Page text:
Application of STED Microscopy to Cell Biology Questions

  • Natalia H. ReveloEmail author
  • Silvio O. Rizzoli
Part of the Methods in Molecular Biology book series (MIMB, volume 1251)


The increasing interest in “seeing” the molecular environment in biological systems has led to the recent quest for breaking the diffraction barrier in far-field fluorescence microscopy. The first nanoscopy method successfully applied to conventional biological probes was stimulated emission depletion microscopy (STED). It is based on a physical principle that instantly delivers diffraction-unlimited images, with no need for further computational processing: the excitation laser beam is overlaid with a doughnut-shaped depleting beam that switches off previously excited fluorophores, thereby resulting in what is effectively a smaller imaging volume. In this chapter we give an overview of several applications of STED microscopy to biological questions. We explain technical aspects of sample preparation and image acquisition that will help in obtaining good diffraction-unlimited pictures. We also present embedding techniques adapted for ultrathin sectioning, which allow optimal 3D resolutions in virtually all biological preparations.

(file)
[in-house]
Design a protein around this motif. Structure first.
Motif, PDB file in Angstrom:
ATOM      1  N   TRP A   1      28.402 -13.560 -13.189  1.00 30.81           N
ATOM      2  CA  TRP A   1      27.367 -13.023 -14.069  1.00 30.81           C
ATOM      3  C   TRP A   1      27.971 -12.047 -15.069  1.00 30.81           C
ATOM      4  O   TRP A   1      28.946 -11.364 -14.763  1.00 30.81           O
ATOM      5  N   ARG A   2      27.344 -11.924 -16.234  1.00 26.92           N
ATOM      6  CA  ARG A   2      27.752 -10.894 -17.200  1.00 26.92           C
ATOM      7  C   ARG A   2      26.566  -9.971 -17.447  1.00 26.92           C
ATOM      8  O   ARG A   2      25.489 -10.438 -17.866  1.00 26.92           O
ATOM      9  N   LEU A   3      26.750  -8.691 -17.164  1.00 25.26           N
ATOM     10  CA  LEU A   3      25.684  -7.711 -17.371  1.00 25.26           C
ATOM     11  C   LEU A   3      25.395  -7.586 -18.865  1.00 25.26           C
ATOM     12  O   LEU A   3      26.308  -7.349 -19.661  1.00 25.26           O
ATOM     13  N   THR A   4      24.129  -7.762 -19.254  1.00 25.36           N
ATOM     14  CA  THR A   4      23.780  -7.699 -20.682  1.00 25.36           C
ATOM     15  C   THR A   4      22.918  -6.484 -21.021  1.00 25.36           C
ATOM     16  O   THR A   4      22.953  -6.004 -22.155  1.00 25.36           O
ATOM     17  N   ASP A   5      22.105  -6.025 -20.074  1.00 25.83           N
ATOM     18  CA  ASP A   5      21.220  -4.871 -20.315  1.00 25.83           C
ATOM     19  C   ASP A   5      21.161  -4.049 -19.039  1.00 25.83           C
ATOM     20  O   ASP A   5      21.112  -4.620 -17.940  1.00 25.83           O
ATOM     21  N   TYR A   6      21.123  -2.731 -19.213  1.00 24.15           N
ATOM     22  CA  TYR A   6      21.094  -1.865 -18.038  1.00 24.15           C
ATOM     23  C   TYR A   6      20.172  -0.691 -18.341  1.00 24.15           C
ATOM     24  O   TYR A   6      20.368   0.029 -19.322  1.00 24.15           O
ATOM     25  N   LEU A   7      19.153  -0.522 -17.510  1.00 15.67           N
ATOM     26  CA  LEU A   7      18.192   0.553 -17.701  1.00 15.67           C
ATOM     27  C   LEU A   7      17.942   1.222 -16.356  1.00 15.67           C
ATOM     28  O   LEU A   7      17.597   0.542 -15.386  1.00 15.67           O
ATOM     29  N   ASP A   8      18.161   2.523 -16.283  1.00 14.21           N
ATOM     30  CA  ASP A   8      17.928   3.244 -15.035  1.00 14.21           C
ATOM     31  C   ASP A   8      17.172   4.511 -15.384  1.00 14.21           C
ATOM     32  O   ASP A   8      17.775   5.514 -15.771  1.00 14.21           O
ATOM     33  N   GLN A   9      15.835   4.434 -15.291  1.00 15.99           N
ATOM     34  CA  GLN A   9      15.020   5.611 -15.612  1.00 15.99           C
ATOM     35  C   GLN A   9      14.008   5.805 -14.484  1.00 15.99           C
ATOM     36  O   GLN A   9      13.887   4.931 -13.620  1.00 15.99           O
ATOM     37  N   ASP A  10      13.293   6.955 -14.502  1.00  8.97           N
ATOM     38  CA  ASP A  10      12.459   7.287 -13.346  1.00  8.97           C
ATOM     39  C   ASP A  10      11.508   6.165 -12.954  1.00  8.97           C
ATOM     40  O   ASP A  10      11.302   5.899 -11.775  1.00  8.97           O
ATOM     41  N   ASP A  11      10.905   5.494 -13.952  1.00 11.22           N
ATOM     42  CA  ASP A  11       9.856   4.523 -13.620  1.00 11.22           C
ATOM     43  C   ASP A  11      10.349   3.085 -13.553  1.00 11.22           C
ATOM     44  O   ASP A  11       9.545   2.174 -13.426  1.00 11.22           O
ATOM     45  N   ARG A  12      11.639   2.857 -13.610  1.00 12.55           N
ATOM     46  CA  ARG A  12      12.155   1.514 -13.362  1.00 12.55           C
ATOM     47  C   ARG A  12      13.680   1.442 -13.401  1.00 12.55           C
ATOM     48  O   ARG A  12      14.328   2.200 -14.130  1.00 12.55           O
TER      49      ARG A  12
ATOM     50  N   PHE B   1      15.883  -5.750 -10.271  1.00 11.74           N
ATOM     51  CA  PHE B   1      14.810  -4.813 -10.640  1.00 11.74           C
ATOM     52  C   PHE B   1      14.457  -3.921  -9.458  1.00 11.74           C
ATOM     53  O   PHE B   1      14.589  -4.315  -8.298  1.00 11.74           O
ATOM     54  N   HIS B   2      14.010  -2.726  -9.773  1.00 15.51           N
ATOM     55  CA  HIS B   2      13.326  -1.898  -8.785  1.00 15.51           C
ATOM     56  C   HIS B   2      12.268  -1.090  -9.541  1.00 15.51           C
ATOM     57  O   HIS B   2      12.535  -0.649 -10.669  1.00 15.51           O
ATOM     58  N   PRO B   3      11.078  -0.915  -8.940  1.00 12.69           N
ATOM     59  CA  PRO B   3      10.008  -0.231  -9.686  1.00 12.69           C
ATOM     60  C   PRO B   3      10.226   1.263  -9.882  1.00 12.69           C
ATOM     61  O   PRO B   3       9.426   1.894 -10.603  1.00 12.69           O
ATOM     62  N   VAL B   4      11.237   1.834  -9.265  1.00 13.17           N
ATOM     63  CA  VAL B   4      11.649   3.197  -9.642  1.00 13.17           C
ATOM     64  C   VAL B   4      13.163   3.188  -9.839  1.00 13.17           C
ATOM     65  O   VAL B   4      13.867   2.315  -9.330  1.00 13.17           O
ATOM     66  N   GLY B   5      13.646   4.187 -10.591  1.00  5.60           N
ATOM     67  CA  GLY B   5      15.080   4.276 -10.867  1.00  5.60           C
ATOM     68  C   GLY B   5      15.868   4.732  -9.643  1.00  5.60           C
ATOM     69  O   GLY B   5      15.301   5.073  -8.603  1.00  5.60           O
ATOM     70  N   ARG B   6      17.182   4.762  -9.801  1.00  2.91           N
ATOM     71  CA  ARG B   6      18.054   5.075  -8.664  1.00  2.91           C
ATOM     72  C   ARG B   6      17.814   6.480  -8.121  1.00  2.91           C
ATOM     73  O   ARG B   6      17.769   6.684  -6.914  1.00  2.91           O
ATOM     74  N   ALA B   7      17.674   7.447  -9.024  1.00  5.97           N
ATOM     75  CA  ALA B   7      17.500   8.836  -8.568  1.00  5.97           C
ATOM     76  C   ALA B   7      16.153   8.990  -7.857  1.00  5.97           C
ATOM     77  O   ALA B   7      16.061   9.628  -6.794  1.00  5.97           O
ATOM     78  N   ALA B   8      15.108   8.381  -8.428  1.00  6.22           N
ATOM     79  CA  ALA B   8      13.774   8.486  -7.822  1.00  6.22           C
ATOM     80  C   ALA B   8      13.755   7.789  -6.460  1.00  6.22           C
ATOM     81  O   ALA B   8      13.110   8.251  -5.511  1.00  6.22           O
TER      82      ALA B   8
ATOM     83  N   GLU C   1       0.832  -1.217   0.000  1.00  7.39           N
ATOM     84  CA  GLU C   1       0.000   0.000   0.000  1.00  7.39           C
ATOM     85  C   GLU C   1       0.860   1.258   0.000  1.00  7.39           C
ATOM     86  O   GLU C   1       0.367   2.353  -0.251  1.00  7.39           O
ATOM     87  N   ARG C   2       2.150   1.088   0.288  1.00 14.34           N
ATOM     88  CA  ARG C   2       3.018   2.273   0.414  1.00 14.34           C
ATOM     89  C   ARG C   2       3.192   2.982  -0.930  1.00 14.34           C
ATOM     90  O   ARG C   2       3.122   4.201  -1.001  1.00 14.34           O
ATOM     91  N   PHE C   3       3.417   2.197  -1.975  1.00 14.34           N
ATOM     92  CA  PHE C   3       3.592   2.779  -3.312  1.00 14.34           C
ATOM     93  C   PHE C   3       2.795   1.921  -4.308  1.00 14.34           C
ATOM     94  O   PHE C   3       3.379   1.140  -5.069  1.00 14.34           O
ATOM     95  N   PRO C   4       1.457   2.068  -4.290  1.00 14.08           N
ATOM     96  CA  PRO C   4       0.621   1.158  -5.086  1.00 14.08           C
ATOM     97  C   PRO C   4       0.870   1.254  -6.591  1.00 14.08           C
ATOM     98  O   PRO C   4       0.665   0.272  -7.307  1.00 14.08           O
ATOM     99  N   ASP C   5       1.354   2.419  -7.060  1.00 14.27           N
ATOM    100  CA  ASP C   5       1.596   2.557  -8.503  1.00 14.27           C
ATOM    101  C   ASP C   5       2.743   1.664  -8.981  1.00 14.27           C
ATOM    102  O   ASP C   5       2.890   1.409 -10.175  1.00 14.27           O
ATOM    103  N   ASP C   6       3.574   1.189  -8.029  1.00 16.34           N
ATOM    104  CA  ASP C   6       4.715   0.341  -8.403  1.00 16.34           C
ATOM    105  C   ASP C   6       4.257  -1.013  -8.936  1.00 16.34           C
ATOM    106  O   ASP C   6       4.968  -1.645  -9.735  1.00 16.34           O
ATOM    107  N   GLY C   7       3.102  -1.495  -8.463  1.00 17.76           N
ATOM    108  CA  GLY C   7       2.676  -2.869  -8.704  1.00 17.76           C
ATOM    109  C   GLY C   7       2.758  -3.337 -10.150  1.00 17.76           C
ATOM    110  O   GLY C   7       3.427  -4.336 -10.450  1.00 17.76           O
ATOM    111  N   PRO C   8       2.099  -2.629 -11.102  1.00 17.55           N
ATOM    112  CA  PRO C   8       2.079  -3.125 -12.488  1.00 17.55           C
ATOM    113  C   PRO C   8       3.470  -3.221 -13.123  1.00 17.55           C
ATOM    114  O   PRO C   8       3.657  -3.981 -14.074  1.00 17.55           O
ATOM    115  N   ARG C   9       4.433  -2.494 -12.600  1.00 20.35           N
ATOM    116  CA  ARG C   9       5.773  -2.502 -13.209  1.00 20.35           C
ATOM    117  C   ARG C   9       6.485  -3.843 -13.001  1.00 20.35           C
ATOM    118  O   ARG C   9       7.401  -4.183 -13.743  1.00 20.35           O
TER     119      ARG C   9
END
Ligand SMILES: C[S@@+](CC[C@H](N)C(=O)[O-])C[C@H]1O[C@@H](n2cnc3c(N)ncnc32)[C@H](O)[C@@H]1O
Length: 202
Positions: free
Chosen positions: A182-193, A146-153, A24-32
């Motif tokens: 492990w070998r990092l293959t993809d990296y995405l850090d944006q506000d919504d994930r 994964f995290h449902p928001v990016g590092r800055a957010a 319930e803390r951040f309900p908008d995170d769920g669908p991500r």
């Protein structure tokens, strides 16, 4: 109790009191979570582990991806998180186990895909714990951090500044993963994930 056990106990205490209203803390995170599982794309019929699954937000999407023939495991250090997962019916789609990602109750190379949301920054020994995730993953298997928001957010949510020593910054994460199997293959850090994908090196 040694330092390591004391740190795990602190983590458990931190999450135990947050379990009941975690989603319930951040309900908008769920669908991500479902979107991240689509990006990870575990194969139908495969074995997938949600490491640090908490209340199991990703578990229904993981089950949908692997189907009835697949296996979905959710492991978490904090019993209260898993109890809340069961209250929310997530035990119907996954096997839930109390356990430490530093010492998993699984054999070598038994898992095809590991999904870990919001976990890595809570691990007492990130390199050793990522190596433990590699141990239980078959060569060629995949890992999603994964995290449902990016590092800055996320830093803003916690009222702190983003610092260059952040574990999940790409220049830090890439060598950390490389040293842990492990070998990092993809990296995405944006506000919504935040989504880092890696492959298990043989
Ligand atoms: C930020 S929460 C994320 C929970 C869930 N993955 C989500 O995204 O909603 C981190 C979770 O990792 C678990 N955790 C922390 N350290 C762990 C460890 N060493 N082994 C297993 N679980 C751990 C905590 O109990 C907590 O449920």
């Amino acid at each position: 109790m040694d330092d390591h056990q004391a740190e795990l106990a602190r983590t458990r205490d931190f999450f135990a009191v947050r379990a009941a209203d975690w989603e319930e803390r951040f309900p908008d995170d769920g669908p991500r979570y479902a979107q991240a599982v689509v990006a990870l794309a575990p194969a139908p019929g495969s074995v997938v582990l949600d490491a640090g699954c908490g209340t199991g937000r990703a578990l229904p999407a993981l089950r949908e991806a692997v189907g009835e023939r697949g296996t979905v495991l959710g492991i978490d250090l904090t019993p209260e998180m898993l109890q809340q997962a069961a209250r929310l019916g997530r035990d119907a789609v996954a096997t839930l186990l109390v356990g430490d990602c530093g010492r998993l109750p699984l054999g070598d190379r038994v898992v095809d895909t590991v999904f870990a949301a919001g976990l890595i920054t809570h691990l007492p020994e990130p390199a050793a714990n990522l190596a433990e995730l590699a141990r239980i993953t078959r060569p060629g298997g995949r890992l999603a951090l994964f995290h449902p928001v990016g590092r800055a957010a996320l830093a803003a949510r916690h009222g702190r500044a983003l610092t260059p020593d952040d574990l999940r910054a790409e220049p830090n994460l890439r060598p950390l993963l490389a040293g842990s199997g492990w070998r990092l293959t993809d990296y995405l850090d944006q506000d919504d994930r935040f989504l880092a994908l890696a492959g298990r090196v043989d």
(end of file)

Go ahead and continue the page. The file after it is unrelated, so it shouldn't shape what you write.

Key words

Super-resolution microscopy STED Diffraction barrier Cell imaging Live imaging 



We thank Nicolai T. Urban for advice and for reading the manuscript, Felipe Opazo for providing images used in Fig. 4, and Christina Schäfer and Katharina Kröhnert for technical assistance. S.O.R. acknowledges the support of a Starting Grant from the European Research Council, Program FP7 (NANOMAP). N.H.R. acknowledges the support of the Deutsche Forschungsgemeinschaft (SFB 889).


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Copyright information

© Springer Science+Business Media New York 2015

Authors and Affiliations

  1. 1.Department of Neuro- and Sensory PhysiologyUniversity Medical Center GöttingenGöttingenGermany
  2. 2.International Max Planck Research School for NeurosciencesGöttingenGermany
  3. 3.Deutsche Forschungsgemeinschaft Center for Molecular Physiology of the Brain/Excellence Cluster 171University of GöttingenGöttingenGermany

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